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Faster time to market. If an application development team requires five servers to be online in hours, the server team can provide the appropriate resources

without having to provision new physical servers.

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High availability and workload balancing. With cloud computing, when the systems management tools determine that the infrastructure supporting an application is about to go down, they can automatically launch a new virtual machine and shift the load to it.

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Ability to maintain control over data and regulatory environments. Private cloud computing brings together the benefits of public cloud computing while still enabling an organization to maintain control over its data, including where it is physically located, who can access it, and the physical security profile. This control also enables customers to more closely adhere to regulatory constraints for data locality, disaster recovery, and privacy.

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Ability to provide consistent support and service-level agreements (SLAs). With private cloud computing, IT organizations can apply business process– based SLAs to ensure that mission-critical applications continue to operate in the event of an outage, while tier 2 and tier 3 applications can continue to be supported in a more cost-effective environment.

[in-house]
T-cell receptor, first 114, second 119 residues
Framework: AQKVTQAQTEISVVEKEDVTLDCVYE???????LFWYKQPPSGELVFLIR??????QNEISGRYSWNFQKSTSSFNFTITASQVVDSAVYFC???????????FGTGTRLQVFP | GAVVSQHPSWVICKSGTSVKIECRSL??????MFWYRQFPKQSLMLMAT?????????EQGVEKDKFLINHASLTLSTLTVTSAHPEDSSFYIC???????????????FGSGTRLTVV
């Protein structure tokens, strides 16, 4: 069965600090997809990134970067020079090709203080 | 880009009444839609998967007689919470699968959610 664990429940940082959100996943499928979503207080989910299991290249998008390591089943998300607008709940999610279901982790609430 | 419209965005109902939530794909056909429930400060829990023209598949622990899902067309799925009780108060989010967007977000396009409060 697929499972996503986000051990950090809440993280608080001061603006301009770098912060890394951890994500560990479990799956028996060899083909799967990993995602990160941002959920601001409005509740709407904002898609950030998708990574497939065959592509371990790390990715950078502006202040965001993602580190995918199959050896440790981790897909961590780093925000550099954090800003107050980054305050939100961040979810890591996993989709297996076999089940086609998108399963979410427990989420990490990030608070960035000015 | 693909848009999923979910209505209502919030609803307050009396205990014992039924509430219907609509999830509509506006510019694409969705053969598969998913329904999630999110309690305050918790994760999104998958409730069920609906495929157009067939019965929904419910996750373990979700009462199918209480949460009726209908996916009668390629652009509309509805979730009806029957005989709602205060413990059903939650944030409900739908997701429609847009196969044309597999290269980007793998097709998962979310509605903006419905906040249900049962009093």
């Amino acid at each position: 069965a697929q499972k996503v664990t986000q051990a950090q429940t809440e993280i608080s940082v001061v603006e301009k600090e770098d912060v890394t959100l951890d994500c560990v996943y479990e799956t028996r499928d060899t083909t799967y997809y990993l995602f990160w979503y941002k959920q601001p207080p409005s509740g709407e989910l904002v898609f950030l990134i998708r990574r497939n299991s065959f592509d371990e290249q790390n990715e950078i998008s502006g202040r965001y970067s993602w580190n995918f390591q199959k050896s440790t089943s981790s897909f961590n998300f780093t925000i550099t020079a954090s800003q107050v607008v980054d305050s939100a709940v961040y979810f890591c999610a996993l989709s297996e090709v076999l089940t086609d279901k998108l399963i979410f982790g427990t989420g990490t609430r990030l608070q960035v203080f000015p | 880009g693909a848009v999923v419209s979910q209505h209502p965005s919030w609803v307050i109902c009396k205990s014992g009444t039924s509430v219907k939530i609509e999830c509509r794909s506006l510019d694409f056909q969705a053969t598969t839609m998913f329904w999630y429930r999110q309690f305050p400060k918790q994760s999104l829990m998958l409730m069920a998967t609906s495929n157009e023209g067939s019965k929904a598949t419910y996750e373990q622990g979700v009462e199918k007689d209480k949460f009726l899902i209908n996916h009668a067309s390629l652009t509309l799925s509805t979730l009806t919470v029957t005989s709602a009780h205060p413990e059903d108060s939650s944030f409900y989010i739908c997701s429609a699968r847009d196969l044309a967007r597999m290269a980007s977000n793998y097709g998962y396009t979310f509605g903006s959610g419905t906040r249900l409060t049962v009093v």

Driving New Levels of Policy Management in the Datacenter

While cloud computing is enabling — and, in some instances, forcing — organizations to change their approach to technology deployment, organizations must also change

the processes and policies governing their technology deployments. In addition to the technology benefits cloud computing provides, it can also be a strong catalyst for driving best practices in policy management. For example, when datacenters made the transition to VMs, many relaxed their policies for requesting and approving server deployments because they assumed that VMs were "practically free." This contributed to the VM sprawl we see today. Organizations are starting to reel their processes back in, requiring justification and approval for deploying new VMs, much like they did with physical servers. Having to justify the need for new servers makes sense, whether those servers are physical or virtual.

BUY VERSUS BUILD: CHANGING HARDWARE AND SOFTWARE IN RELATION TO THE NEW ERA OF IT

I n t h e p a s t , o r g a n i z a t i o n s b u i l d i n g o u t a n I T i n f r a s t r u c t u r e e f f e c t i v e l y a c t e d a s t h e i r

own systems integrator, purchasing servers, storage, networking, and management software and performing an implementation project to deploy and integrate these technologies. Dependencies and risks had to be identified and evaluated, tasks and project plans had to be assembled and executed against, and change management had to be put in place.

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©2011 IDC

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